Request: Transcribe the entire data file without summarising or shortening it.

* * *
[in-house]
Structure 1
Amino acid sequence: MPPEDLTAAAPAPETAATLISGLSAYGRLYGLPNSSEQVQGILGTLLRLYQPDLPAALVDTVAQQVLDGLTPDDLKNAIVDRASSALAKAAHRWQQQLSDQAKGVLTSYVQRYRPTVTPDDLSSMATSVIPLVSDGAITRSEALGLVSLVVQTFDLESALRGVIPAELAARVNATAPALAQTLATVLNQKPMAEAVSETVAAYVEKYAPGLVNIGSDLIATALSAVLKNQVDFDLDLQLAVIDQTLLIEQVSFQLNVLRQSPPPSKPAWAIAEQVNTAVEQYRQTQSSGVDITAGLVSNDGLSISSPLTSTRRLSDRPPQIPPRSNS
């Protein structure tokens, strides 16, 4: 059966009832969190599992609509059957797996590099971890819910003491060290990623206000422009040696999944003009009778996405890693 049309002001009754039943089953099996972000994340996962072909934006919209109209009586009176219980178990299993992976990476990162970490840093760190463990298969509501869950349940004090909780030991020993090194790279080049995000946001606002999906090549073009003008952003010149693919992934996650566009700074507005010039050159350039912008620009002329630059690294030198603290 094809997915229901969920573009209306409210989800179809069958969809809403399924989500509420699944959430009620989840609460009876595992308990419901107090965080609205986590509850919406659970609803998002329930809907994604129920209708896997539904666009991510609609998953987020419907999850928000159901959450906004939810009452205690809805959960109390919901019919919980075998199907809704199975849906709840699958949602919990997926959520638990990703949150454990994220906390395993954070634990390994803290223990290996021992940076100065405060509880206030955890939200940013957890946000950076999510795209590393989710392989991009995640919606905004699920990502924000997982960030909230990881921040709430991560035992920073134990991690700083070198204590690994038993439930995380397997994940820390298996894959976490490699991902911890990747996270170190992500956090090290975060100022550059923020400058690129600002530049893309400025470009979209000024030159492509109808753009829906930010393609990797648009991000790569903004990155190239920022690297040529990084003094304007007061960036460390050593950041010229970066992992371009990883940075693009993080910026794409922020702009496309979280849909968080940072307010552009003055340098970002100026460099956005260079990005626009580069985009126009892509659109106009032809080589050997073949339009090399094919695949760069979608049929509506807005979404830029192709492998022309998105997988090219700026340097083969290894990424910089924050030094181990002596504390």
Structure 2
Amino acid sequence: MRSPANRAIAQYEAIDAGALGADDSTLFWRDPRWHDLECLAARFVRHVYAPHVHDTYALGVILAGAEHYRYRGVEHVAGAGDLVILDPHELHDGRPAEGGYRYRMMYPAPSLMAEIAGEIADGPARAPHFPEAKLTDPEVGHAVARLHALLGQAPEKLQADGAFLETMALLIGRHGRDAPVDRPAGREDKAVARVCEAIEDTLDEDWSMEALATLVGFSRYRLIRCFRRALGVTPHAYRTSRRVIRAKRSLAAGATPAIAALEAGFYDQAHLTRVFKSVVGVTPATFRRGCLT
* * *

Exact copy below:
[in-house]
Structure 1
Amino acid sequence: MPPEDLTAAAPAPETAATLISGLSAYGRLYGLPNSSEQVQGILGTLLRLYQPDLPAALVDTVAQQVLDGLTPDDLKNAIVDRASSALAKAAHRWQQQLSDQAKGVLTSYVQRYRPTVTPDDLSSMATSVIPLVSDGAITRSEALGLVSLVVQTFDLESALRGVIPAELAARVNATAPALAQTLATVLNQKPMAEAVSETVAAYVEKYAPGLVNIGSDLIATALSAVLKNQVDFDLDLQLAVIDQTLLIEQVSFQLNVLRQSPPPSKPAWAIAEQVNTAVEQYRQTQSSGVDITAGLVSNDGLSISSPLTSTRRLSDRPPQIPPRSNS
């Protein structure tokens, strides 16, 4: 059966009832969190599992609509059957797996590099971890819910003491060290990623206000422009040696999944003009009778996405890693 049309002001009754039943089953099996972000994340996962072909934006919209109209009586009176219980178990299993992976990476990162970490840093760190463990298969509501869950349940004090909780030991020993090194790279080049995000946001606002999906090549073009003008952003010149693919992934996650566009700074507005010039050159350039912008620009002329630059690294030198603290 094809997915229901969920573009209306409210989800179809069958969809809403399924989500509420699944959430009620989840609460009876595992308990419901107090965080609205986590509850919406659970609803998002329930809907994604129920209708896997539904666009991510609609998953987020419907999850928000159901959450906004939810009452205690809805959960109390919901019919919980075998199907809704199975849906709840699958949602919990997926959520638990990703949150454990994220906390395993954070634990390994803290223990290996021992940076100065405060509880206030955890939200940013957890946000950076999510795209590393989710392989991009995640919606905004699920990502924000997982960030909230990881921040709430991560035992920073134990991690700083070198204590690994038993439930995380397997994940820390298996894959976490490699991902911890990747996270170190992500956090090290975060100022550059923020400058690129600002530049893309400025470009979209000024030159492509109808753009829906930010393609990797648009991000790569903004990155190239920022690297040529990084003094304007007061960036460390050593950041010229970066992992371009990883940075693009993080910026794409922020702009496309979280849909968080940072307010552009003055340098970002100026460099956005260079990005626009580069985009126009892509659109106009032809080589050997073949339009090399094919695949760069979608049929509506807005979404830029192709492998022309998105997988090219700026340097083969290894990424910089924050030094181990002596504390």
Structure 2
Amino acid sequence: MRSPANRAIAQYEAIDAGALGADDSTLFWRDPRWHDLECLAARFVRHVYAPHVHDTYALGVILAGAEHYRYRGVEHVAGAGDLVILDPHELHDGRPAEGGYRYRMMYPAPSLMAEIAGEIADGPARAPHFPEAKLTDPEVGHAVARLHALLGQAPEKLQADGAFLETMALLIGRHGRDAPVDRPAGREDKAVARVCEAIEDTLDEDWSMEALATLVGFSRYRLIRCFRRALGVTPHAYRTSRRVIRAKRSLAAGATPAIAALEAGFYDQAHLTRVFKSVVGVTPATFRRGCLT